Looking For Lamination (In All The Wrong Places)

We got the second part of our two-part vaccination a few days ago, and we’re pretty happy about it. Now, we are not only fully vaccinated, we are also the proud owners of completed, bar-coded, scannable CDC COVID-19 vaccination cards.

The folks who gave us our shots recommended that the treat those vaccination cards like other super-important documents in our lives, such as passports and birth certificates. This advice makes sense, because we don’t know exactly what the post-pandemic world is going to look like. It may well be that we will need to show a completed vaccination card to get on an airplane flight or attend a football game or for some other purpose, so we’ll have to get into the habit of carrying those cards around as a matter of course. And although the vaccination cards are made of light cardboard, we all know that such objects can easily become bent, creased, and dog-eared. So if we want our vaccination cards to have long-term functionality, the solution is clear: get them laminated while they are still in their pristine, newborn state, before pockets and purses and interaction with keychains, coins, pens, and clumsy fingers have a go at them.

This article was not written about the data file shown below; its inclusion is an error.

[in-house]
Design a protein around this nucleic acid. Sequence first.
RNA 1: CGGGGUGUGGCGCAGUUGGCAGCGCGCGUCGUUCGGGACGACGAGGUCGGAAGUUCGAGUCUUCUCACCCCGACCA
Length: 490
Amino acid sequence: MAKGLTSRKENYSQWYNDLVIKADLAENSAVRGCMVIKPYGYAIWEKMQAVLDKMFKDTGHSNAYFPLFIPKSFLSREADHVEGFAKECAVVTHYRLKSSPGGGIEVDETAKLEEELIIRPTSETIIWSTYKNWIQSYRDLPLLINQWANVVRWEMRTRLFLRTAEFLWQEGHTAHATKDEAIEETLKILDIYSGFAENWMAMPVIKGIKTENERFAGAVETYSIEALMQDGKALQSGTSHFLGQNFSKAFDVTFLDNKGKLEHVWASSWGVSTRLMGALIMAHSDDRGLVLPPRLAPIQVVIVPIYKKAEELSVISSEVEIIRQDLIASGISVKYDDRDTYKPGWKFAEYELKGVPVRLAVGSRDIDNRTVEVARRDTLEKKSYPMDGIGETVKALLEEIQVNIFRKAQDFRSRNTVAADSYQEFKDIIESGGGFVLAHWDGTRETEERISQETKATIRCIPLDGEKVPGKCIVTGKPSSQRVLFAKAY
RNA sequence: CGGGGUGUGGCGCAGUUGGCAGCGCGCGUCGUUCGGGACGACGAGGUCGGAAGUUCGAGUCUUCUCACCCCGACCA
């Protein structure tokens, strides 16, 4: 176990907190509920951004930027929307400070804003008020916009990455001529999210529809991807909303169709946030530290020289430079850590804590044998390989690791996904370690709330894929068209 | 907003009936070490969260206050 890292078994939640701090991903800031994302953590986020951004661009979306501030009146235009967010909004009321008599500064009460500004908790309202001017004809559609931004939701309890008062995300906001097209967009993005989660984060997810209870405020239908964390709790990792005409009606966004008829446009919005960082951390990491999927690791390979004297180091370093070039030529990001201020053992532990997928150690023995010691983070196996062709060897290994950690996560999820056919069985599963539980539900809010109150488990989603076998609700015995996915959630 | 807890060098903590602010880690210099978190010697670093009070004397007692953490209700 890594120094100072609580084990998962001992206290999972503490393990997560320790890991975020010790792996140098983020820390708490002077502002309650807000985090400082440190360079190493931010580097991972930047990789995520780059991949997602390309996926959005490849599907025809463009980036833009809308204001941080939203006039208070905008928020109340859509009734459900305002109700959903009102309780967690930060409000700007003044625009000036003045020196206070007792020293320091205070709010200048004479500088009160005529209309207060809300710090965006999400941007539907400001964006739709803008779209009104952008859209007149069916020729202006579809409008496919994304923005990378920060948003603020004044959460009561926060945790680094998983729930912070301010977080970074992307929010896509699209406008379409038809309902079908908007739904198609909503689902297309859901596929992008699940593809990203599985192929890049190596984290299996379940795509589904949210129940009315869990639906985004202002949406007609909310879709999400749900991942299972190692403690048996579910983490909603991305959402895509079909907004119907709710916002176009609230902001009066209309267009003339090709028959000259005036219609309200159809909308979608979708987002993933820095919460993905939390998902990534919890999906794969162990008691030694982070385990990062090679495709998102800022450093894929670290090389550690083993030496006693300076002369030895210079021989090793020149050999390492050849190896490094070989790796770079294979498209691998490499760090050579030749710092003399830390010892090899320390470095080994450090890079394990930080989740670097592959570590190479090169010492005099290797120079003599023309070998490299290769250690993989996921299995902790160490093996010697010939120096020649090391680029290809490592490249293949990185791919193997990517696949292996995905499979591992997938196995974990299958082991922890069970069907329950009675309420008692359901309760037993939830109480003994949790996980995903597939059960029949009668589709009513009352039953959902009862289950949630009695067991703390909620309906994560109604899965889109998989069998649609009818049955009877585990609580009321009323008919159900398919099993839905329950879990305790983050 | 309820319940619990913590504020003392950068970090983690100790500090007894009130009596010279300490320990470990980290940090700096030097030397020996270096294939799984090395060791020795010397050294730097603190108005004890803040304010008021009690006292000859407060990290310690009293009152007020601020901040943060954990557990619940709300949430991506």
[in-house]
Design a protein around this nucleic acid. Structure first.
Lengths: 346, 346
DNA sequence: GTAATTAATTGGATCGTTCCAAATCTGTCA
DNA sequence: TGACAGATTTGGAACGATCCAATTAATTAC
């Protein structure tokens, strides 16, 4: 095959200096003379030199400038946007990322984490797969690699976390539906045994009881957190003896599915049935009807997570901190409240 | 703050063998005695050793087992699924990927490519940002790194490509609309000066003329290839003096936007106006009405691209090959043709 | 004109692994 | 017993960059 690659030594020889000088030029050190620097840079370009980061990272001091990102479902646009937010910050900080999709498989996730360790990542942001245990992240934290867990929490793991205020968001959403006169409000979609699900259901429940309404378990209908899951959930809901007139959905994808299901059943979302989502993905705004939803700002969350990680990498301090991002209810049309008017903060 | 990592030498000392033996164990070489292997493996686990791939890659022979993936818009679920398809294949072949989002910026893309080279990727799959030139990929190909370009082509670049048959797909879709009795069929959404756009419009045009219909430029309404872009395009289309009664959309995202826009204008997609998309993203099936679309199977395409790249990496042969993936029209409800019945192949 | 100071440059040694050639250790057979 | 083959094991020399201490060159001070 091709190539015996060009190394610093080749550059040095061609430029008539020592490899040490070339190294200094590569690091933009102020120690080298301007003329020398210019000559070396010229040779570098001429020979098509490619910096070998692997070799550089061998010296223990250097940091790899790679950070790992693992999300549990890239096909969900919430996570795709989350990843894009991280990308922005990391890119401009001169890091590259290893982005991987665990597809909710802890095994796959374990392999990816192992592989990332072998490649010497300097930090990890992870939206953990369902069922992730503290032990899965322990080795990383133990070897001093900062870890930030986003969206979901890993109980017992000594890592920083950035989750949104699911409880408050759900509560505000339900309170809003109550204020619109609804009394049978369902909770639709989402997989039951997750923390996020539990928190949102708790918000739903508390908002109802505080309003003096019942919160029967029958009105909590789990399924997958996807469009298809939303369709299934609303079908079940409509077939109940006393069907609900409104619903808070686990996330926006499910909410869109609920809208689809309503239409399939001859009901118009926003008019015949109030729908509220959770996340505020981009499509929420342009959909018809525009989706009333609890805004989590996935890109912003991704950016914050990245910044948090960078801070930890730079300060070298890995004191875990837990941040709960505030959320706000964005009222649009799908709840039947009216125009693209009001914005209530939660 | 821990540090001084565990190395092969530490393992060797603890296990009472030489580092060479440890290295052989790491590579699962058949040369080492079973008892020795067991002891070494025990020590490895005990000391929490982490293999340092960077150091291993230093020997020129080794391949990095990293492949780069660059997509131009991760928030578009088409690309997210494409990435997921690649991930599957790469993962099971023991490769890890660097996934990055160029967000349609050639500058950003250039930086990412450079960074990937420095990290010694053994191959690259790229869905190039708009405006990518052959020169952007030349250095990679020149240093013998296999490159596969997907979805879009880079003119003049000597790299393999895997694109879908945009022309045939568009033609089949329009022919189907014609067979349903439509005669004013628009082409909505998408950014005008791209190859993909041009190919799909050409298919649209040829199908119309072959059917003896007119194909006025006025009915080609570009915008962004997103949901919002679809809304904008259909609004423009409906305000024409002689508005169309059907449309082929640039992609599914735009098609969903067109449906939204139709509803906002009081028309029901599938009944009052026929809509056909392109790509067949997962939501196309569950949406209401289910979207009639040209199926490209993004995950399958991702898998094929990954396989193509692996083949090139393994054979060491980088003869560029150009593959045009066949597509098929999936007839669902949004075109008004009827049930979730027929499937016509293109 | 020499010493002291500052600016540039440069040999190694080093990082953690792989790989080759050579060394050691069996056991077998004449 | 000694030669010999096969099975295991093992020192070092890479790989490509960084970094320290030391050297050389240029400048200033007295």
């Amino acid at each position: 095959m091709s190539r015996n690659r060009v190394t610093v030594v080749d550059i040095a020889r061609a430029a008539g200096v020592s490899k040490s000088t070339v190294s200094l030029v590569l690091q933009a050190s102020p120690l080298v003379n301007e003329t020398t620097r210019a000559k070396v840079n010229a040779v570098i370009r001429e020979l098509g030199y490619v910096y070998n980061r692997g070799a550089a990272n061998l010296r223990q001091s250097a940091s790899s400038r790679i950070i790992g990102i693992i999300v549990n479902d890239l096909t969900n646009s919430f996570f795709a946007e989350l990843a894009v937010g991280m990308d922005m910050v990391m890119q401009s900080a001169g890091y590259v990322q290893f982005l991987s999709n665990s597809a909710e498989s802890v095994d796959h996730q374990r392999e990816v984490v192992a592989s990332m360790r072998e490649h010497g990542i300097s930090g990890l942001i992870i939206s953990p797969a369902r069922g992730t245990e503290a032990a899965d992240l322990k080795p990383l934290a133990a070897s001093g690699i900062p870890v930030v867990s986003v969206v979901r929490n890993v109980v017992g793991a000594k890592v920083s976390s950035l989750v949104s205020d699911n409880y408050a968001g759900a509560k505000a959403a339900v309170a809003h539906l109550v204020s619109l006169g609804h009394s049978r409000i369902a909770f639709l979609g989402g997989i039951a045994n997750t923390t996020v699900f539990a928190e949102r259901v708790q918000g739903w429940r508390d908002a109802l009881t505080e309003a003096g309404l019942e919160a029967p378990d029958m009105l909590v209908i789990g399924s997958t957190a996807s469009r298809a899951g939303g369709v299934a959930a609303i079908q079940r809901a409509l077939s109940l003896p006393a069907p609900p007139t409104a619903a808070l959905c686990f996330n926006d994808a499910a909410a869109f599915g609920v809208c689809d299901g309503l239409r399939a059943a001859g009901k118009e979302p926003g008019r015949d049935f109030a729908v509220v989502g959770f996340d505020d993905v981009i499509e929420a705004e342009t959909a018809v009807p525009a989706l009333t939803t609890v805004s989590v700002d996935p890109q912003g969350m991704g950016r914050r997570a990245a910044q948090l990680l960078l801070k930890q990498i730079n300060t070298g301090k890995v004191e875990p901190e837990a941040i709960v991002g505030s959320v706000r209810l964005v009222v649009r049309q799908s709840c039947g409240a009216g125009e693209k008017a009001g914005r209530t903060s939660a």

Lamination isn’t a service that I’ve ever had to look for before. The only thing I’ve had to have laminated in recent memory is my driver’s license, and in Ohio the BMV does that automatically when you get a new one. There’s no nearby lamination store, to my knowledge. And, surprisingly to me, a Google search reveals that “lamination” is used to describe a variety of services, including industrial lamination, laminated flooring, and eyebrow lamination. Which of those providers would be best suited to take care of our vaccination cards?

Fortunately, we learned that two of the office supply chains in our area–Staples and Office Depot–are offering to laminate COVID vaccination cards for free, so that’s where we’re going. That’s a smart move by those businesses that is bound to establish some loyalty on the part of grateful vaccinated people like us, and we’ll remember their generosity the next time we need lamination or office supplies. It also, fortunately, will keep me from going into a flooring contractor or eyebrow salon to ask if their lamination services can be repurposed.

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